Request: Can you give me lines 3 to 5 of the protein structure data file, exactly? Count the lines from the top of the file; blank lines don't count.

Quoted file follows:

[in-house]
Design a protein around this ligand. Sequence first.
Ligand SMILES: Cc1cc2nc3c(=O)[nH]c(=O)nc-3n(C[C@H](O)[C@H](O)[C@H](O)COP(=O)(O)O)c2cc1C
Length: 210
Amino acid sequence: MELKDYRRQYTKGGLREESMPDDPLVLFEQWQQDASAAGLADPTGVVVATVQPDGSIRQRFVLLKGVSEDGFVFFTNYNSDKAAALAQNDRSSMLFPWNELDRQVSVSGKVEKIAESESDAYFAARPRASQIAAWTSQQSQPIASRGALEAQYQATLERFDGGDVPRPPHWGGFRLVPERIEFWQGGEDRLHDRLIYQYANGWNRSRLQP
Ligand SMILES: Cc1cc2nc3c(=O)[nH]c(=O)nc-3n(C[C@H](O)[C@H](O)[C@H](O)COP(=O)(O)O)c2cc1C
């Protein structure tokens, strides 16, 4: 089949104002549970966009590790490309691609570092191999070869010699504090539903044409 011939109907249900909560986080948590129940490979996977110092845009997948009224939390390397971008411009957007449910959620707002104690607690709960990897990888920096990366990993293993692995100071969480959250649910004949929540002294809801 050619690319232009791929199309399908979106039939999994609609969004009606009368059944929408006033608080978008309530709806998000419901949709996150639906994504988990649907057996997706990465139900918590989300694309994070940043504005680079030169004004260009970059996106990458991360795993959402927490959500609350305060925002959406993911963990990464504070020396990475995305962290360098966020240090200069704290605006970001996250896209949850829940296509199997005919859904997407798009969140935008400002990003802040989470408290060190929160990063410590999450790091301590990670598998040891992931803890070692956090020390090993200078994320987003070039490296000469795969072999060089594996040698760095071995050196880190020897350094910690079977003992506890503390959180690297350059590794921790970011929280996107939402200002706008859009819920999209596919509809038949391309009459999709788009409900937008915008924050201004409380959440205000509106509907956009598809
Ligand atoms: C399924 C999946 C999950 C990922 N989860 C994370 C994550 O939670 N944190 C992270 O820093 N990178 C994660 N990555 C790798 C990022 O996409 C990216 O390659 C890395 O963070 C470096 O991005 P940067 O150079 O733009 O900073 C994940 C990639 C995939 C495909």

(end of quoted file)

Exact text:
Ligand SMILES: Cc1cc2nc3c(=O)[nH]c(=O)nc-3n(C[C@H](O)[C@H](O)[C@H](O)COP(=O)(O)O)c2cc1C
Length: 210
Amino acid sequence: MELKDYRRQYTKGGLREESMPDDPLVLFEQWQQDASAAGLADPTGVVVATVQPDGSIRQRFVLLKGVSEDGFVFFTNYNSDKAAALAQNDRSSMLFPWNELDRQVSVSGKVEKIAESESDAYFAARPRASQIAAWTSQQSQPIASRGALEAQYQATLERFDGGDVPRPPHWGGFRLVPERIEFWQGGEDRLHDRLIYQYANGWNRSRLQP